SUBJECTS AND METHODS.
The current study involved consecutive patients with a diagnosis of pectus excavatum who were referred to undergo cardiac MRI and chest CT to establish surgical candidacy or to define treatment strategies.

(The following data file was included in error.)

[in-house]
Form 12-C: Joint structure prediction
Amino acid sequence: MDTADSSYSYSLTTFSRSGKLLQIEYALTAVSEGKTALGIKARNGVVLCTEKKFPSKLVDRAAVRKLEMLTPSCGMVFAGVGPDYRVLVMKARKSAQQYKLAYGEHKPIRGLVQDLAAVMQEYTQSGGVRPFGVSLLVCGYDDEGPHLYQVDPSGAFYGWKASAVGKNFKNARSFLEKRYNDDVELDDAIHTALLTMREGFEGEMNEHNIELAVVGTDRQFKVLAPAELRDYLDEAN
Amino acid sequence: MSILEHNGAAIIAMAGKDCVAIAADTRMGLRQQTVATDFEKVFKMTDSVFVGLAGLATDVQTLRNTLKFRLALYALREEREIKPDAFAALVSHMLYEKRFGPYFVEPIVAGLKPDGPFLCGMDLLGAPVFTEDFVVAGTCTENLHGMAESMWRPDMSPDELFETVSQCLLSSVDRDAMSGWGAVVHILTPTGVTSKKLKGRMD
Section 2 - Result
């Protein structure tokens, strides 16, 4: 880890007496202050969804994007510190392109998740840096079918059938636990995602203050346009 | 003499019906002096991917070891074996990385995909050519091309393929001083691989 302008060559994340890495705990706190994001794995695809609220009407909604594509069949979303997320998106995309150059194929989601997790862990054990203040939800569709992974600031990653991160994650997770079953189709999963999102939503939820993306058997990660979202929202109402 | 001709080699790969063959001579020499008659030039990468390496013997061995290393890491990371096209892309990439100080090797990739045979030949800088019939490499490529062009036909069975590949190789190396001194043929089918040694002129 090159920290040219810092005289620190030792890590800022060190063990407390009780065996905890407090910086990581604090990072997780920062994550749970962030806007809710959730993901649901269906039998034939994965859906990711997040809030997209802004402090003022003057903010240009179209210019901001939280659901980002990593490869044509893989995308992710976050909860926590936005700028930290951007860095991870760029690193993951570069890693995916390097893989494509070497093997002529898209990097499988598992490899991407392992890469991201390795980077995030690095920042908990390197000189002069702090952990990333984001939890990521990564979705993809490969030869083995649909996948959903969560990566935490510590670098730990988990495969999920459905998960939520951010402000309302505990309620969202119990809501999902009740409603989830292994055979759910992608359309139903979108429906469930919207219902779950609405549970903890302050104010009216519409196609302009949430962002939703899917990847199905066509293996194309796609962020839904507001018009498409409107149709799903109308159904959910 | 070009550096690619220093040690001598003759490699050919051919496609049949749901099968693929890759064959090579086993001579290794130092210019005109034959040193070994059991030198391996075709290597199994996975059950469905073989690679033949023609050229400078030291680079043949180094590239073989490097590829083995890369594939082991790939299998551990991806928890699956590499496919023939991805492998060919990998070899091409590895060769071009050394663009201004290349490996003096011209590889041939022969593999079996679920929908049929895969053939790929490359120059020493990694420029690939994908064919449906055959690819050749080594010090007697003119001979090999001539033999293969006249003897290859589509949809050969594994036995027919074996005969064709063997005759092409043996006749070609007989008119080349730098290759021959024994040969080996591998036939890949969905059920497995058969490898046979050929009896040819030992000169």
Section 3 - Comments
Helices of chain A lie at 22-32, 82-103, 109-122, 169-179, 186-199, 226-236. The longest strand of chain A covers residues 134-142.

Sixty-two patients with pectus excavatum underwent cardiac MRI and chest CT. Fifty (81%) patients were male, and the median age was 17.5 years (range, 14.0–23.0 years). Forty-seven (76%) patients had evidence of right ventricular compression. The left ventricle showed a significantly decreased end-diastolic volume (inspiration vs expiration: 70.4 ± 11.6 vs 76.1 ± 13.7 mL/m2, respectively; p = 0.01) and a significantly higher eccentricity index (1.52 ± 0.2 vs 1.20 ± 0.1, p < 0.0001) during inspiration than during expiration. The median respiratory-related septal excursion was 8.1% (interquartile range, 5.1–11.7%). Patients with pericardial effusion showed a significantly higher pectus excavatum severity index than patients without pericardial effusion (6.3 ± 3.4 vs 4.4 ± 1.3, respectively; p = 0.003). Patients with a relative septal excursion equal to or larger than 11.8% showed a significantly higher pectus excavatum severity index than patients with a relative septal excursion of less than 11.8% (6.3 ± 2.6 vs 4.7 ± 2.4, respectively; p = 0.05).